Labour Hire and Host Employer Fines - $160,000

Two companies have received fines totalling $160,000 after a worker suffered serious injuries when his arm became trapped in a conveyor at a fertiliser factory.

Incitec Pivot Limited and labour hire company Skilled Group Limited both pleaded guilty at the Geelong Magistrates’ Court this week to failing to provide a safe workplace. Incitec Pivot was convicted and fined $90,000 and Skilled Group was convicted and fined $70,000.

The court heard that Skilled had sent its employee to Incitec’s factory at North Shore, near Geelong, in June 2011. His job was to ensure that the conveyor belts carrying the fertiliser operated efficiently. 

But after less than one month on the job, the worker was injured when attempting to clear a build-up of fertiliser from a moving overhead conveyor belt using a shovel. When the man’s shovel got caught, his arm and shoulder were dragged into the conveyor, leaving him trapped and suspended for several minutes.

The court was told the worker suffered a serious and permanent injury to his left shoulder and was still recovering nine months after the incident.

A WorkSafe investigation found it was common for workers at the factory to chip fertiliser off moving conveyors with shovels, hammers and crowbars. The court heard that Incitec had relied on a “buddy system” to train the injured worker.

But one of the man's “buddies” also thought it was ok to chip fertiliser off a moving conveyor, and another had only worked there for two weeks.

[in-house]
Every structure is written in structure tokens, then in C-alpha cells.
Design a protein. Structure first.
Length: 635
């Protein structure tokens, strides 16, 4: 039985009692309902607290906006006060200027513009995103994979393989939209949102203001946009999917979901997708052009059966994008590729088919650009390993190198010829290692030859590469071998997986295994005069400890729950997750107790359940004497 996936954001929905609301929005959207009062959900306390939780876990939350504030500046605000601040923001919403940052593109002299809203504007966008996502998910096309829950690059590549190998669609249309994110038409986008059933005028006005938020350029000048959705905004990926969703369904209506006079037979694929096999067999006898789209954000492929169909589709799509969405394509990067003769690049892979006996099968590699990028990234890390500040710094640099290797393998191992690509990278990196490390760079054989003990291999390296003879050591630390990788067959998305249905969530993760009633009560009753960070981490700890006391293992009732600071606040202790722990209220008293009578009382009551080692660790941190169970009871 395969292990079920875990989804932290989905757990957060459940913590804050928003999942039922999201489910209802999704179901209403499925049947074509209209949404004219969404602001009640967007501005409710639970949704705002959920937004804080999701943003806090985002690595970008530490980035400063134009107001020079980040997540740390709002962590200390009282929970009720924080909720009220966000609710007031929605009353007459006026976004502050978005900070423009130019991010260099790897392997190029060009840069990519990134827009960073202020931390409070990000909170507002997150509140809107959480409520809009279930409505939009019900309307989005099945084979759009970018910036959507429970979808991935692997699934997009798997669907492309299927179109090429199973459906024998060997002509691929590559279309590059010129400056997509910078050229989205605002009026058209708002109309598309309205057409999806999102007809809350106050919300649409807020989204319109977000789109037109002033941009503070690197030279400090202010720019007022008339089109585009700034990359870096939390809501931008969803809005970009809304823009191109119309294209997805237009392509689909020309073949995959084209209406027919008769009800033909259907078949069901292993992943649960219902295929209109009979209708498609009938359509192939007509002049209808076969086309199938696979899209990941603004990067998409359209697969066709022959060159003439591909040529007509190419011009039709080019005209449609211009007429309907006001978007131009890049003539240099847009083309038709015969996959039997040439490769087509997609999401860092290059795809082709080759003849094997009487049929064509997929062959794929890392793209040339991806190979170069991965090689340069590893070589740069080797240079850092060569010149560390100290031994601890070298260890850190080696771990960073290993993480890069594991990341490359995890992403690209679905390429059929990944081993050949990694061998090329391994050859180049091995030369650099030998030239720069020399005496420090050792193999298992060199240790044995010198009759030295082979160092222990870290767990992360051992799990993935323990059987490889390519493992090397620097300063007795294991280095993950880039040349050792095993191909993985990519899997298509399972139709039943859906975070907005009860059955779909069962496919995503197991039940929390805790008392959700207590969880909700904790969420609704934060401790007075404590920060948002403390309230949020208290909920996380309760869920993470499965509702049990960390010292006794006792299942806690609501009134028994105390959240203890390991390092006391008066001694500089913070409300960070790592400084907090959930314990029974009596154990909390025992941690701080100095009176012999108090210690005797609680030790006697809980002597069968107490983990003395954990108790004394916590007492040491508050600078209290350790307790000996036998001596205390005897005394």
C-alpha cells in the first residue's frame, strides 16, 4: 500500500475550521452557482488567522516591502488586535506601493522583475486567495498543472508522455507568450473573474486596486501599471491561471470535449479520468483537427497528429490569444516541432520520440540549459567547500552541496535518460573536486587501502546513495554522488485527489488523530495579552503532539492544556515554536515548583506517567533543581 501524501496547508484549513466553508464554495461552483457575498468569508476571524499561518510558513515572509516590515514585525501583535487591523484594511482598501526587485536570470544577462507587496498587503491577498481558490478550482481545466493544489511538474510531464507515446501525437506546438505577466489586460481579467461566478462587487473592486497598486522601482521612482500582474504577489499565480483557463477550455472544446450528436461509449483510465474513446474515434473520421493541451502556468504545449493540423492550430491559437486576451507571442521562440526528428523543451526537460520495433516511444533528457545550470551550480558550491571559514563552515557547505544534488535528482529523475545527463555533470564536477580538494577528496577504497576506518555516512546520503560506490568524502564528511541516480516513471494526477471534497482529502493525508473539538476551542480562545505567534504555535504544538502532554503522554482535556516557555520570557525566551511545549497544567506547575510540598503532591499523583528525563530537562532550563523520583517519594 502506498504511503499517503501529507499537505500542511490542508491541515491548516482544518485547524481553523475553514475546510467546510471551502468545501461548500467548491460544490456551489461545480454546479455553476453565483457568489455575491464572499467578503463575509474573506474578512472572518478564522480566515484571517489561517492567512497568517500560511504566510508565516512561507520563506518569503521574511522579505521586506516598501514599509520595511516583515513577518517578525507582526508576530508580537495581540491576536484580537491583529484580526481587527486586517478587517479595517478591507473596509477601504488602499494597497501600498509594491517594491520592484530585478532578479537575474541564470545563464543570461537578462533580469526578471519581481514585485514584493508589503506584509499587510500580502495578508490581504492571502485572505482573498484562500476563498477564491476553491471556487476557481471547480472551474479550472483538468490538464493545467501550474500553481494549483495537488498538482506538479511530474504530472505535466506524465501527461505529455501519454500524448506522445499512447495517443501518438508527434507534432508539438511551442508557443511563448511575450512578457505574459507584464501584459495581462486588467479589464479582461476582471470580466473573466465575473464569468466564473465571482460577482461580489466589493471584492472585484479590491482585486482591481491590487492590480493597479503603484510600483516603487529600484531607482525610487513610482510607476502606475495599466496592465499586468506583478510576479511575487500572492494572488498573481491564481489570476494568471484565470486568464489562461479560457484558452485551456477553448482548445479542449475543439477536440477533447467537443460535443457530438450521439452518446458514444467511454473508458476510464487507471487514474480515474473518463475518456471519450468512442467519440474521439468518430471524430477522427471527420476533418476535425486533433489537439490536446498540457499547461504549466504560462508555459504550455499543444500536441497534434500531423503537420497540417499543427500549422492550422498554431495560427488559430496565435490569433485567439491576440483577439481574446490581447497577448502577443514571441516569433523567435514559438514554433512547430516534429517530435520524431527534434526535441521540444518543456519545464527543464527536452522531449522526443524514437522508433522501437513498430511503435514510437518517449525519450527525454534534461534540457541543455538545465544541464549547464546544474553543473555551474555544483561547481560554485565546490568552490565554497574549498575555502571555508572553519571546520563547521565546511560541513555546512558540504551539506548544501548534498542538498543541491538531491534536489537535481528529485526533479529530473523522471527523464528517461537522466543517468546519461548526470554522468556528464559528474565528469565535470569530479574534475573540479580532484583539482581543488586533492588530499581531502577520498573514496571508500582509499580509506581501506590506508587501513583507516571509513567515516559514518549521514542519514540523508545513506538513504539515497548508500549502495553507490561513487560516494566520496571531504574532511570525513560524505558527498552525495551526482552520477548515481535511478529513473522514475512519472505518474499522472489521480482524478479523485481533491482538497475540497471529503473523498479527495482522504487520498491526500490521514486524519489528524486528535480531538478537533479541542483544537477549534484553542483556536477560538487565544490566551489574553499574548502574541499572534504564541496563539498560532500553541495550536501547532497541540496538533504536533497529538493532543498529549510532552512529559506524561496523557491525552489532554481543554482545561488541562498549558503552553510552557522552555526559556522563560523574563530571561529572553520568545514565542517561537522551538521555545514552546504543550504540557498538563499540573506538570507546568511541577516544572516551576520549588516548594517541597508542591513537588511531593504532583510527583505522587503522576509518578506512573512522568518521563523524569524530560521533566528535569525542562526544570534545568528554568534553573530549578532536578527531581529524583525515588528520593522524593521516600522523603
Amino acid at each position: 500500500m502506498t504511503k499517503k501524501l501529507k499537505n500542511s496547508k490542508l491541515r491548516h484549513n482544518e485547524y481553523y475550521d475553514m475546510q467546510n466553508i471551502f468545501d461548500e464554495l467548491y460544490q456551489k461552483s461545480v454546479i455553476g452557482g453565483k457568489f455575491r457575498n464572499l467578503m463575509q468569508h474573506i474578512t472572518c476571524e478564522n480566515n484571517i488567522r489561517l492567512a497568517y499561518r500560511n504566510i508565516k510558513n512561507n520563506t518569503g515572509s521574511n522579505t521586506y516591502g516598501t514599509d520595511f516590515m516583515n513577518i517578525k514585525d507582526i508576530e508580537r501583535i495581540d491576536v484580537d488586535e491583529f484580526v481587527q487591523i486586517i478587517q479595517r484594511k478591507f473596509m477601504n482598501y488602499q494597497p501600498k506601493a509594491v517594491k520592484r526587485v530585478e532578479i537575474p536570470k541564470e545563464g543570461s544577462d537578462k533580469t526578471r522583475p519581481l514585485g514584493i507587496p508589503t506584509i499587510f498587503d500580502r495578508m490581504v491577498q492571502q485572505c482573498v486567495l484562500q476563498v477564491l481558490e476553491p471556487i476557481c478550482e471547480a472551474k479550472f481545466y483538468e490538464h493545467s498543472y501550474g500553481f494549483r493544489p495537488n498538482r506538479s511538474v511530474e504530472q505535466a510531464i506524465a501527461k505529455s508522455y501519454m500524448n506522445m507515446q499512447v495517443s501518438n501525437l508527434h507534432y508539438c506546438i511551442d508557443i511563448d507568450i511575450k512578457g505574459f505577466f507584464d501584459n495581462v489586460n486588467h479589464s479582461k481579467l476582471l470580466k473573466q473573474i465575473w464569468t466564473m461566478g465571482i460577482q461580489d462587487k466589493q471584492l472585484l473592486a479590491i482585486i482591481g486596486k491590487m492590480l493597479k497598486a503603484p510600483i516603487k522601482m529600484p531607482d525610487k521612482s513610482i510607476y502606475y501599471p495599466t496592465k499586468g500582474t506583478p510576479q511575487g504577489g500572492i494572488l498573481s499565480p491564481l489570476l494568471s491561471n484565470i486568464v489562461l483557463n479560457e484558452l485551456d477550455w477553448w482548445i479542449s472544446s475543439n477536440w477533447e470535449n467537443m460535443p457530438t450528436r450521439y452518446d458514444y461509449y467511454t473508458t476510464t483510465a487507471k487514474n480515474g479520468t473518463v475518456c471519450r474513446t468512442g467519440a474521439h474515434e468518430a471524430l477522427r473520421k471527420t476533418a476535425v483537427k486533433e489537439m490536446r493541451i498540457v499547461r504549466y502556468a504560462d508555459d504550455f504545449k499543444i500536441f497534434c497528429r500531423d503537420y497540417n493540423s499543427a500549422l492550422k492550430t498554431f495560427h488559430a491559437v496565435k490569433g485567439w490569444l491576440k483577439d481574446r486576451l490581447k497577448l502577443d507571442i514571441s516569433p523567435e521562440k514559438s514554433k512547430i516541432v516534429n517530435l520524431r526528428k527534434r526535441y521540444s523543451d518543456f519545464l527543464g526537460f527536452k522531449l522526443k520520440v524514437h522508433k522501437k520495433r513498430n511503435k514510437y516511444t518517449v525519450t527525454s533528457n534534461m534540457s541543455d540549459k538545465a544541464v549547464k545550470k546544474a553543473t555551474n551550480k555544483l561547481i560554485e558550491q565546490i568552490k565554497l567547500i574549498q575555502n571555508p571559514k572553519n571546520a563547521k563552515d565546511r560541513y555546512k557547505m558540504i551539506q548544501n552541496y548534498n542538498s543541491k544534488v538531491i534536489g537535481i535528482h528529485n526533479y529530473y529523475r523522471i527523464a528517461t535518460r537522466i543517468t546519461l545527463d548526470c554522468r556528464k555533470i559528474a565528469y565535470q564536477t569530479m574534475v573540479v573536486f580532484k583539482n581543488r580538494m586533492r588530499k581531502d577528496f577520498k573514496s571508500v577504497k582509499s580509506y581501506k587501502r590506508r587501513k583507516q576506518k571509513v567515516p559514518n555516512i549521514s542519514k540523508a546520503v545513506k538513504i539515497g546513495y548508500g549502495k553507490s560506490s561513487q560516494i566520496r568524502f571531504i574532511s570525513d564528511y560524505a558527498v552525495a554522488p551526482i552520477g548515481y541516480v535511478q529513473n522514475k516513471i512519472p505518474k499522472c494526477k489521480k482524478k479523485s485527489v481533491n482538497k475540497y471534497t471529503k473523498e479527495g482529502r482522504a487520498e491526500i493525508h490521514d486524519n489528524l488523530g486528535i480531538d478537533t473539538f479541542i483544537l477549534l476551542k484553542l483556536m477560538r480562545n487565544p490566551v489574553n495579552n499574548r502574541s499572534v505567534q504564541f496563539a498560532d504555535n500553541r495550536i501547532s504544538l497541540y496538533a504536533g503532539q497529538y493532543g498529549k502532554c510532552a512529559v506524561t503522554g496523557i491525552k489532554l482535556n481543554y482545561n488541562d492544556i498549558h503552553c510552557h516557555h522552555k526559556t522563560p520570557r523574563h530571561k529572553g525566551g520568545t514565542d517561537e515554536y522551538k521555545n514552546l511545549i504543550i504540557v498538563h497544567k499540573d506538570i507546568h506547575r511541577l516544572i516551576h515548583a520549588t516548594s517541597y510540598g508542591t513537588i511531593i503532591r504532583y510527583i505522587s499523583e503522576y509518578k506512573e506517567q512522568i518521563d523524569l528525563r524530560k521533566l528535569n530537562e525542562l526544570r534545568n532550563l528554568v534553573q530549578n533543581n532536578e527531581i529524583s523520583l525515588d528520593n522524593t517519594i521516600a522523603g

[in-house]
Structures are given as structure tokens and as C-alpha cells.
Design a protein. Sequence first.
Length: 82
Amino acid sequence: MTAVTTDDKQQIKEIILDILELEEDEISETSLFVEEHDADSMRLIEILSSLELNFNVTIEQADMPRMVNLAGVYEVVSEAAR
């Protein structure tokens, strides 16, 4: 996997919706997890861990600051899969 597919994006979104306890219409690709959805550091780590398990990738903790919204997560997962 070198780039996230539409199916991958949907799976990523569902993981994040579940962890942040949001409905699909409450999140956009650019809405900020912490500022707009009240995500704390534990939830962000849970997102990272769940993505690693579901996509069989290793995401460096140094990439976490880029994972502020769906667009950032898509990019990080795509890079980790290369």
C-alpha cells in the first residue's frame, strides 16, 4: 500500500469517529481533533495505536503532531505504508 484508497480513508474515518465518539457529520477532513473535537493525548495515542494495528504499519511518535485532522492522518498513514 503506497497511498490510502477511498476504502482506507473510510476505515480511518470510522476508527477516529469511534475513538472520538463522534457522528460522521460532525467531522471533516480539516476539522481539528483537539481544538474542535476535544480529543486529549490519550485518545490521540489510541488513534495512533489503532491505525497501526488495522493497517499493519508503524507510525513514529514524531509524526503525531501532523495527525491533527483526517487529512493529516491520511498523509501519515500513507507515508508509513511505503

In her sentencing, Magistrate Ann McGarvie said: "A buddy system only works if your buddy is telling you the right thing to do. Here, that didn't happen."

The court heard it was unnecessary for the workers to chip off the fertiliser since that was supposed to be done during production breaks with the conveyors turned off. But nobody told the workers that or supervised them properly. 

The court heard that the labour hire company Skilled had failed to determine the nature of the work its employee would be doing at the factory and it had not checked that Incitec had properly trained him for the job.

WorkSafe’s Regional Director, Adam Rogers, said employers had a legal obligation to provide a safe workplace. 

“We hope this case serves as a wake-up call for employers, managers and supervisors to recognise their added responsibilities and make sure their risk assessment, training, and supervision practices reflect this,” he said.